Furthermore, in most recent loanwords, English makes no attempt to Anglicise the spellings of these words, and preserves the foreign spellings, even when they employ exotic conventions, like the Polish "cz" in "Czech" or the Old Norse "fj" in "fjord" (although New Zealand English exclusively spells it "fiord"). In fact, instead of loans being respelled to conform to English spelling standards, sometimes the pronunciation changes as a result of pressure from the spelling. One example of this is the word "ski", which was adopted from Norwegian in the mid-18th century, although it didn't become common until 1900. It used to be pronounced "shee", which is similar to the Norwegian pronunciation, but the increasing popularity of the sport after the middle of the 20th century helped the "sk" pronunciation replace it.
The spelling of English continues to evolve. Many loanwords come from languages where the pronunciation of vowels corresponds to the way they were pronounced in Old English, which is similar to the Italian or Spanish pronunciation of the vowels, and is the value the vowel symbols [a], [e], [i], [o], and [u] have in the International Phonetic Alphabet. As a result, there is a somewhat regular system of pronouncing "foreign" words in English, and some borrowed words have had their spelling changed to conform to this system. For example, Hindu used to be spelled "Hindoo", and the name "Maria" used to be pronounced like the name "Mariah", but was changed to conform to this system. It has been argued that this influence probably started with the introduction of many Italian words into English during the Renaissance, in fields like music, from which come the words "andante", "viola", "forte", etc.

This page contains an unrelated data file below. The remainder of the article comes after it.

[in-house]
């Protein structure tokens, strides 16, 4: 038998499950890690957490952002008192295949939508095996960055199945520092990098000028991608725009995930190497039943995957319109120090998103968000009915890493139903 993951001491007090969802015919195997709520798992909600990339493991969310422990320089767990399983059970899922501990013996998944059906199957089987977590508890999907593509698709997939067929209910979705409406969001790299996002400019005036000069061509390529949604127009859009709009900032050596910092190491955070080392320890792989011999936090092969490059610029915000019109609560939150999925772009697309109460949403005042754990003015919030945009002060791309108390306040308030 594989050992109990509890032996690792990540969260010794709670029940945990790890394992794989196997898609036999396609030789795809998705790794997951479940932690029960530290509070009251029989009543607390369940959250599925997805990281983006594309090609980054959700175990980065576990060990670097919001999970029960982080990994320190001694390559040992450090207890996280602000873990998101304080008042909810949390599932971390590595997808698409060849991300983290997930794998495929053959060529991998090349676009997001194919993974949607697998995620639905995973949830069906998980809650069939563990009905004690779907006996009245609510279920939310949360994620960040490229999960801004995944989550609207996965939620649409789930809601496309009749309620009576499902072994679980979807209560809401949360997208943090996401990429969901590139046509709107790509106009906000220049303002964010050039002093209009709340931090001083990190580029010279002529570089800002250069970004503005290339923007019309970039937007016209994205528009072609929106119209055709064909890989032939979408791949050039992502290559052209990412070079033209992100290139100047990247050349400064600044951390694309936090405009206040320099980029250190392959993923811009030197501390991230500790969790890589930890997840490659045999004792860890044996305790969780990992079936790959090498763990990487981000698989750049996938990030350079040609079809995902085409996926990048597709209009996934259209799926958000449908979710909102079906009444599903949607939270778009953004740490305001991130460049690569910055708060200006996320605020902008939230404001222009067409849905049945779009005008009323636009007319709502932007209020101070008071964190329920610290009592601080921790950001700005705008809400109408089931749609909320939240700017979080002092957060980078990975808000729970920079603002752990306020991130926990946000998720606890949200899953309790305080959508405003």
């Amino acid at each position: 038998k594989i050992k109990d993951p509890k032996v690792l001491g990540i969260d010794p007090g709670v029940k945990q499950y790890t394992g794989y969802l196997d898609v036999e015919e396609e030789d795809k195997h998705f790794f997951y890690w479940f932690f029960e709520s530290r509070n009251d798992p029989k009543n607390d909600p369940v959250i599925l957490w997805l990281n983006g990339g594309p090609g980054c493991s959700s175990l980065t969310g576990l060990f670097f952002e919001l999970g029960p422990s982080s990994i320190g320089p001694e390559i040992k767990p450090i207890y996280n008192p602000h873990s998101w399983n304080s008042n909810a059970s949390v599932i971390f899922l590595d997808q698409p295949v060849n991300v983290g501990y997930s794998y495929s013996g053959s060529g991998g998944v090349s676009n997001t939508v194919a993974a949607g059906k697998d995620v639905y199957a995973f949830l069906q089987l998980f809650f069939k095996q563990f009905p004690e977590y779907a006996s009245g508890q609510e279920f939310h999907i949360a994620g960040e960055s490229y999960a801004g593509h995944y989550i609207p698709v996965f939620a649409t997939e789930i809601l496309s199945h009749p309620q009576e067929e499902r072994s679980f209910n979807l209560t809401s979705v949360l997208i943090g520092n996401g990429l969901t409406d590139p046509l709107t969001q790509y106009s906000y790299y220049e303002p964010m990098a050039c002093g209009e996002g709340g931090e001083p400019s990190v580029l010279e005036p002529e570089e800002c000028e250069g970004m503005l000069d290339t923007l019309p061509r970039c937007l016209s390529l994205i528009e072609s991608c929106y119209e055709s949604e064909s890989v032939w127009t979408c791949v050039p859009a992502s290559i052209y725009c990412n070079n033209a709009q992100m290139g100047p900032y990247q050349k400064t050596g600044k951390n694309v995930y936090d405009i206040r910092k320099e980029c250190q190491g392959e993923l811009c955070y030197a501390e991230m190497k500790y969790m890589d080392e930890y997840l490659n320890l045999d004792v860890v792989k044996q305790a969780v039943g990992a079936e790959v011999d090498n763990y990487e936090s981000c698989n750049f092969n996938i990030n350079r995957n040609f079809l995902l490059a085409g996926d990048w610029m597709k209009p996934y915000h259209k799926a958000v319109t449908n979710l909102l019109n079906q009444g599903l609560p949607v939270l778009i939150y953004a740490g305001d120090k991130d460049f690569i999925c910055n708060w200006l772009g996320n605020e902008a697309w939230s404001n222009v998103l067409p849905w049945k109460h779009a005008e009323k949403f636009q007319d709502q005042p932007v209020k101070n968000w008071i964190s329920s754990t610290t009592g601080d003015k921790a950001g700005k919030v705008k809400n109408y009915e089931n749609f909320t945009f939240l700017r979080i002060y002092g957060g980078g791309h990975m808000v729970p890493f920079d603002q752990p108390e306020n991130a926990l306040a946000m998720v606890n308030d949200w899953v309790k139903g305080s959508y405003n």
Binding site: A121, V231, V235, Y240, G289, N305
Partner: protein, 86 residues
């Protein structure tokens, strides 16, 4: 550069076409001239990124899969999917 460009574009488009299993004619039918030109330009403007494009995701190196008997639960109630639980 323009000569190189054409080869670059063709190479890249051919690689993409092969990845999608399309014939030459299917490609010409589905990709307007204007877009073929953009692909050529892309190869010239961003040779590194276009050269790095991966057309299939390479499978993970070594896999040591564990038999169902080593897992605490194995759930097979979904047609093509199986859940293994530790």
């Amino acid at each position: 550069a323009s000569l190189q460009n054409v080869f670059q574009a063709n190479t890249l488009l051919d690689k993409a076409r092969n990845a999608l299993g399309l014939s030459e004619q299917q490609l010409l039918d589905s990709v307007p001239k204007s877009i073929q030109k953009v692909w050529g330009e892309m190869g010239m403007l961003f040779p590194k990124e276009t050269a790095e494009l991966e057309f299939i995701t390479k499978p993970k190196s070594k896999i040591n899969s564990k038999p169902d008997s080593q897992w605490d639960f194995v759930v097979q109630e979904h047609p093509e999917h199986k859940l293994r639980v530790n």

Commercial advertisers have also had an effect on English spelling. In attempts to differentiate their products from others, they introduce new or simplified spellings like "lite" instead of "light", "thru" instead of "through", "smokey" instead of "smoky" (for "smokey bacon" flavour crisps), and "rucsac" instead of "rucksack". The spellings of personal names have also been a source of spelling innovations: affectionate versions of women's names that sound the same as men's names have been spelled differently: Nikki and Nicky, Toni and Tony, Jo and Joe.